Tag Archives: debian

Building the Arietta G25 Kernel

I’m using the Arietta G25 for a project of mine. Earlier I described how to build a bootloader for the 256MB version of the board.

Today I’m going to describe how to build the kernel for the Arietta G25. I needed ADC support as well as modules for some USB to ethernet adaptors that weren’t included in the kernel image ACME Systems provides.

First off you will need to install the toolchain to build armel binaries. ACME Systems has a page describing how to install the ARM9 toolchain. Here’s the short summary:

$ sudo apt-get install emdebian-archive-keyring libc6-armel-cross libc6-dev-armel-cross binutils-arm-linux-gnueabi gcc-arm-linux-gnueabi g++-arm-linux-gnueabi u-boot-tools libncurses5-dev

Once you have the environment setup it’s time to checkout the kernel and build. This is the Jenkins script I use to build the Arietta G25 kernel:

if [ ! -d "linux-3.14.7" ]; then
wget https://www.kernel.org/pub/linux/kernel/v3.x/linux-3.14.7.tar.xz -O linux-3.14.7.tar.xz
tar xvfJ linux-3.14.7.tar.xz
cd linux-3.14.7
wget http://www.acmesystems.it/www/compile_linux_3_14/acme.patch -O acme.patch
patch -p1 < acme.patch

wget https://watchmysys.com/blog/wp-content/uploads/2014/08/linux-at91.config -O .config
wget https://watchmysys.com/blog/wp-content/uploads/2014/08/arietta_256m_ikconfig.patch -O arietta_256m_ikconfig.patch
patch -p1 < arietta_256m_ikconfig.patch
else
cd linux-3.14.7
fi
make ARCH=arm clean
CPUS=$(cat /proc/cpuinfo | grep -c "processor")

wget https://watchmysys.com/blog/wp-content/uploads/2014/08/acme-arietta-adc.dtb -O arch/arm/boot/dts/acme-arietta.dtb
make -j$CPUS ARCH=arm CROSS_COMPILE=arm-linux-gnueabi- zImage
make modules -j$CPUS ARCH=arm CROSS_COMPILE=arm-linux-gnueabi-
make modules_install INSTALL_MOD_PATH=./modules ARCH=arm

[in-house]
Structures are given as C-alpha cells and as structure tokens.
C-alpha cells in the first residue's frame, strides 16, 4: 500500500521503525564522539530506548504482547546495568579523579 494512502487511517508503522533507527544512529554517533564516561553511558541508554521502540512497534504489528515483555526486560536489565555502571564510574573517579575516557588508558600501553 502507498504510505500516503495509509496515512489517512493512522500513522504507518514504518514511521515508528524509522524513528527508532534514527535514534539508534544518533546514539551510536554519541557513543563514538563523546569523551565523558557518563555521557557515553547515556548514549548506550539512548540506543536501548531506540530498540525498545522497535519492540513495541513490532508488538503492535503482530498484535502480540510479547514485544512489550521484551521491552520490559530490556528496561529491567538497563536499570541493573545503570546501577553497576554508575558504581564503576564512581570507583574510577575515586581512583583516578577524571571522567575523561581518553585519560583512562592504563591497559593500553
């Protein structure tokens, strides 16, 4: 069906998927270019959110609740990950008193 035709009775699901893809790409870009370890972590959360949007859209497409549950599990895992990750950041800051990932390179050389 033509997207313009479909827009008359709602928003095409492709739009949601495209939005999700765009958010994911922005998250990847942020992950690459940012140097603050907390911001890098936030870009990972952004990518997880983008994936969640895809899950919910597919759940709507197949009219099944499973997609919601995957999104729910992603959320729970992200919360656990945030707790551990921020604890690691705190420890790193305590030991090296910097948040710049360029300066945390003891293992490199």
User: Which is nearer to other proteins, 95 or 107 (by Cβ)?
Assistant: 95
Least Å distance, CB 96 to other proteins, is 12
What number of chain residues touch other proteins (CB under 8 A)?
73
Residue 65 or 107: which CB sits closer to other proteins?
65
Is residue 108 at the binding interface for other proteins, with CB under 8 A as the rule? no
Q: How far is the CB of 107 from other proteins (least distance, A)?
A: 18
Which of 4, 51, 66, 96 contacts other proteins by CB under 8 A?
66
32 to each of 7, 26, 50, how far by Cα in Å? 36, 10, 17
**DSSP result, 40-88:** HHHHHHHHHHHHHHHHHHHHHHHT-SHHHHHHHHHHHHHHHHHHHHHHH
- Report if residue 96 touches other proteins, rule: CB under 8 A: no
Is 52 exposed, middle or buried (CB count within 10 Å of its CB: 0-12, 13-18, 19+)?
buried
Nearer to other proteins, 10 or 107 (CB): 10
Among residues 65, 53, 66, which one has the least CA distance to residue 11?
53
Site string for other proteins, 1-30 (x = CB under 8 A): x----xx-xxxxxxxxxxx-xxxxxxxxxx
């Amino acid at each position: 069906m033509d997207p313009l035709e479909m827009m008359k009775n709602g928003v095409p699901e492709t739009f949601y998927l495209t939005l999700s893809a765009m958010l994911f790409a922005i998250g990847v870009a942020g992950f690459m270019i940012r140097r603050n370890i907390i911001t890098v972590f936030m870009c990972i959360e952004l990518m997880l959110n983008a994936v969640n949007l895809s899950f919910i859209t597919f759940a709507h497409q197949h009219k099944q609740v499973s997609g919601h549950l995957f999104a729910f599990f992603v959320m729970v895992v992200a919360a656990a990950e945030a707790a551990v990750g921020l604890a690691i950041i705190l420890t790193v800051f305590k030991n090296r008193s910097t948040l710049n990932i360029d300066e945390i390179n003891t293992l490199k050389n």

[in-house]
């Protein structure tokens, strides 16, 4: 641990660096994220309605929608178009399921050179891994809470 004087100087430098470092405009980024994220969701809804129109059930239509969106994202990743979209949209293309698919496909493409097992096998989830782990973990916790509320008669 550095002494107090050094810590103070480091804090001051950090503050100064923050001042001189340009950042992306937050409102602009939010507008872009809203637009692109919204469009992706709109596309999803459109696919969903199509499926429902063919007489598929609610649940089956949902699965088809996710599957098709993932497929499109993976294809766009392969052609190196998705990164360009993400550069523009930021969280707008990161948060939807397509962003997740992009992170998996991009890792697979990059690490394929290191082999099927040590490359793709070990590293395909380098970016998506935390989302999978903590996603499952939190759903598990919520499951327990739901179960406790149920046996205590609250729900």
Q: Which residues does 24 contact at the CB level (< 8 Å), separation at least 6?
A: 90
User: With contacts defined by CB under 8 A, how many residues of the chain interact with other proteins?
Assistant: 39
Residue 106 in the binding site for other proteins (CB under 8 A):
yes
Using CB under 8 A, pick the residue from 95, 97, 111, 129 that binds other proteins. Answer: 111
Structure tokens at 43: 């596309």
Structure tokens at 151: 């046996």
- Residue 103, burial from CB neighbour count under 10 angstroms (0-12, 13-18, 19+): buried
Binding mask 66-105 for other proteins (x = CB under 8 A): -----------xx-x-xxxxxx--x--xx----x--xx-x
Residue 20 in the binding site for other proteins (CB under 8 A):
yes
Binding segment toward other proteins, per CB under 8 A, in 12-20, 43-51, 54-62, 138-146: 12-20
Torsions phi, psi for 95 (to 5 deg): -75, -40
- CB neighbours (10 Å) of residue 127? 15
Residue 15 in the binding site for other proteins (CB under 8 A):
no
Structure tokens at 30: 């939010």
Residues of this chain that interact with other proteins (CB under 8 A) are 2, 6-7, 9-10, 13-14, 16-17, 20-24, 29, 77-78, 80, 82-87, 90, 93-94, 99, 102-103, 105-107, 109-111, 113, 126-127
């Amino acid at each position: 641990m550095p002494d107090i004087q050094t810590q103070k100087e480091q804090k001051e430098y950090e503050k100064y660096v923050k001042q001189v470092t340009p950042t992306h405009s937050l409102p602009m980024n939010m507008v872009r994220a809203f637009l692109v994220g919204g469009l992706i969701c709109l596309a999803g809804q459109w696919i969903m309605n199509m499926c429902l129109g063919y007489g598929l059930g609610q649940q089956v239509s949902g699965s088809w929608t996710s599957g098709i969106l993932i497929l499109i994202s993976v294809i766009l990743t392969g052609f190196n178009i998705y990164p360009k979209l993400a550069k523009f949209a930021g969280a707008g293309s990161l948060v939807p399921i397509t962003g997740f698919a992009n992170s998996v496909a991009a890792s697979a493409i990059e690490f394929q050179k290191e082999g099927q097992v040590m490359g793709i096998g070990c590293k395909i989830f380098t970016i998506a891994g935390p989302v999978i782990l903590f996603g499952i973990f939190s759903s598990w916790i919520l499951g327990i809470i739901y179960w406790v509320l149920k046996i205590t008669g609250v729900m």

mkdir -p modules/boot
cp arch/arm/boot/zImage modules/boot/
rm linux-3.14.7-arietta.tar.bz2
tar -C modules -cjvf linux-3.14.7-arietta.tar.bz2 lib/ boot/

The above commands are available in a bash/Jenkins script at the bottom of this post.

Installation is fairly simple, you need to mount the sdcard /boot and / partitions on your computer and then run:

tar -C /path/to/sdcard -jxvf linux-3.14.7-arietta.tar.bz2

My kernel configuration includes the Atmel ADC driver as a module (at91_adc) so you can unload/reload it (possibly to save power). It also includes the dm9601 and sr9700 modules for the Davicom DM96xx USB 2.0 10/100M Ethernet Adaptor, which is an inexpensive USB to ethernet adaptor available online (such as this one).

If you want to generate your own dtb (for instance enable PWM instead of the ADC) you can do that at this ACME Systems page.

Build script: linux-at91.sh
Kernel and modules: linux-3.14.7-arietta.tar.bz2
Kernel Config: linux-at91-3.14.7.config

Building the Banana Pi LeMaker Kernel

I recently bought a Banana Pi because I wanted something more powerful than a Raspberry Pi (and because I had store credit to use up).

I wanted to run Debian on it, but not the Raspbian distribution provided by Lemaker because I find it’s too resource heavy for what I will be using my Banana Pi for. I followed Christian Bock’s excellent blog post on how to build a Debian rootfs for the Banana Pi.

More pre-built SD card images are coming out for the Banana Pi, but I wanted to use a spare 1GB microSD card and no one provides images that small, so I went and built my own.

As Christian noted in his blog post, the sunxi kernel sources do not work well on the Banana Pi as they contain a broken sunxi ethernet driver. The NIC is unstable when running at gigabit speeds (my testing showed approximately 60% packet loss). A definite deal-breaker if you need reliable network access. LeMaker was a bit slow in releasing their kernel source, but after users complained it was released on github.

Prerequisites for building the kernel are outlined in LeMaker’s wiki page. Basically you need the following packages:

build-essential u-boot-tools uboot-mkimage binutils-arm-linux-gnueabihf gcc-4.7-arm-linux-gnueabihf-base g++-4.7-arm-linux-gnueabihf gcc-arm-linux-gnueabihf cpp-arm-linux-gnueabihf libusb-1.0-0 libusb-1.0-0-dev git wget fakeroot kernel-package zlib1g-dev libncurses5-dev

This is the Jenkins script I use to build the LeMaker kernel for the Banana Pi:

if [ ! -d "linux-bananapi" ]; then
git clone -b bananapi-3.4 https://github.com/LeMaker/linux-bananapi.git